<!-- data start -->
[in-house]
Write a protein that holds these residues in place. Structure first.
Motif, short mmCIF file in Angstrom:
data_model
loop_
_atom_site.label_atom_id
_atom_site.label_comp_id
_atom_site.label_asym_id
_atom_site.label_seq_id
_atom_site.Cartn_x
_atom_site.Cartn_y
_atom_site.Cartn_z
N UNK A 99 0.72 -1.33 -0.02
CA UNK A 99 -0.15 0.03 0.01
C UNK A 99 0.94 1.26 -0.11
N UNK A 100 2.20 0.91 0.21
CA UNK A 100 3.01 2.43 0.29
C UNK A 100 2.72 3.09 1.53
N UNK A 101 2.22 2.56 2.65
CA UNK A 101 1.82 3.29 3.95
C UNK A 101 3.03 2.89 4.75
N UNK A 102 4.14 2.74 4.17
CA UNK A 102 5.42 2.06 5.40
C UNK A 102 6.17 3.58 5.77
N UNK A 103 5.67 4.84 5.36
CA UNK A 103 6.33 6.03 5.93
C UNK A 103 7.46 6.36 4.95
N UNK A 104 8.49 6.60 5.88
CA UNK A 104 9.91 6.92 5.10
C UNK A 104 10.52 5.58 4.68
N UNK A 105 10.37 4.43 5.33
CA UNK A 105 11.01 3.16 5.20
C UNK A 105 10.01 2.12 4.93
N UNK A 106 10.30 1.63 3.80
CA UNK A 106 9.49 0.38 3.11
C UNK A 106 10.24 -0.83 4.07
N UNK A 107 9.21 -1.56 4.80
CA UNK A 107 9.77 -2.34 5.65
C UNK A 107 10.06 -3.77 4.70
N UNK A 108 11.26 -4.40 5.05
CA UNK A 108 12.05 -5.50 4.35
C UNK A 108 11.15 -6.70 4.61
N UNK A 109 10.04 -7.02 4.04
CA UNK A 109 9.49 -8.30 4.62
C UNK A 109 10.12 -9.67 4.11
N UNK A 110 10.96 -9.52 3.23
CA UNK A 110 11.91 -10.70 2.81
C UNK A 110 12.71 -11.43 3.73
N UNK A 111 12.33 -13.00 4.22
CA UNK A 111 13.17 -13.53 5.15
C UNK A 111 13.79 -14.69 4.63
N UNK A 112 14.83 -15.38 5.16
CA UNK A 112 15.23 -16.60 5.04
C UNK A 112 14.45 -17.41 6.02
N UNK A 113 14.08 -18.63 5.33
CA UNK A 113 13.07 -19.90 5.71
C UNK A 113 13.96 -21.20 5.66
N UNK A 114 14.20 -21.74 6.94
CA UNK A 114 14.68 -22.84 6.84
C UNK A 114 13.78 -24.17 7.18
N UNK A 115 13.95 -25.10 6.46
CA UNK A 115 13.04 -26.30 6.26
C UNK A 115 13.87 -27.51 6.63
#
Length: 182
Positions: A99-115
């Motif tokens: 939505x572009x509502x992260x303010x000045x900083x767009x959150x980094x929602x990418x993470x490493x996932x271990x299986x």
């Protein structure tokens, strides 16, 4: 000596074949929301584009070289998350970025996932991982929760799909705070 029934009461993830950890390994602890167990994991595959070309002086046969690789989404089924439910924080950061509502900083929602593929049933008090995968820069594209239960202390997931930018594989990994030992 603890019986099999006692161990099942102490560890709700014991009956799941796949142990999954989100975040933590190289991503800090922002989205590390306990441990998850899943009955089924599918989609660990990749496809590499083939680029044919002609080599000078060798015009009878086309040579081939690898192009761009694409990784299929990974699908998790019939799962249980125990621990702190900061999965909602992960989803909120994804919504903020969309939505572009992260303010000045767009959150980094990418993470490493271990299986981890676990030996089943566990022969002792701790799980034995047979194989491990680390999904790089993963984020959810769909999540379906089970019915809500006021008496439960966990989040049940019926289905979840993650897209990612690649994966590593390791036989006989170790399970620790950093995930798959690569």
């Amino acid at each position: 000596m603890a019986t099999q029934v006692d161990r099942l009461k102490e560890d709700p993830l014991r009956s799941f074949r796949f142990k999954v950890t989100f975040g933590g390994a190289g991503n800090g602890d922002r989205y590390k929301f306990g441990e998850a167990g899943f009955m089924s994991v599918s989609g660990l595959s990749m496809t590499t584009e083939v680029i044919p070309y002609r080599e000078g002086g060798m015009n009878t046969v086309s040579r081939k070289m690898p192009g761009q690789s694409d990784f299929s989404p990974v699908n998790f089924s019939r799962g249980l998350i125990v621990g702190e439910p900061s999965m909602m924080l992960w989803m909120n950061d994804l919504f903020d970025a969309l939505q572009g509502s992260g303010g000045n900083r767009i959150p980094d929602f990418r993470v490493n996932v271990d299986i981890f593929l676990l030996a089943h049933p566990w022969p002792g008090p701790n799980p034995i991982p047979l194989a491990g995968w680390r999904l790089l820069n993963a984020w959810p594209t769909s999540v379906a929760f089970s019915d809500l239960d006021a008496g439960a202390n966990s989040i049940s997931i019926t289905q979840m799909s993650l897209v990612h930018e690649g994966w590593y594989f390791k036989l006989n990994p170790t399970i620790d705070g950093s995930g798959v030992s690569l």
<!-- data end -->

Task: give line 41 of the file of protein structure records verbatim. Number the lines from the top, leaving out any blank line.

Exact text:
CA UNK A 108 12.05 -5.50 4.35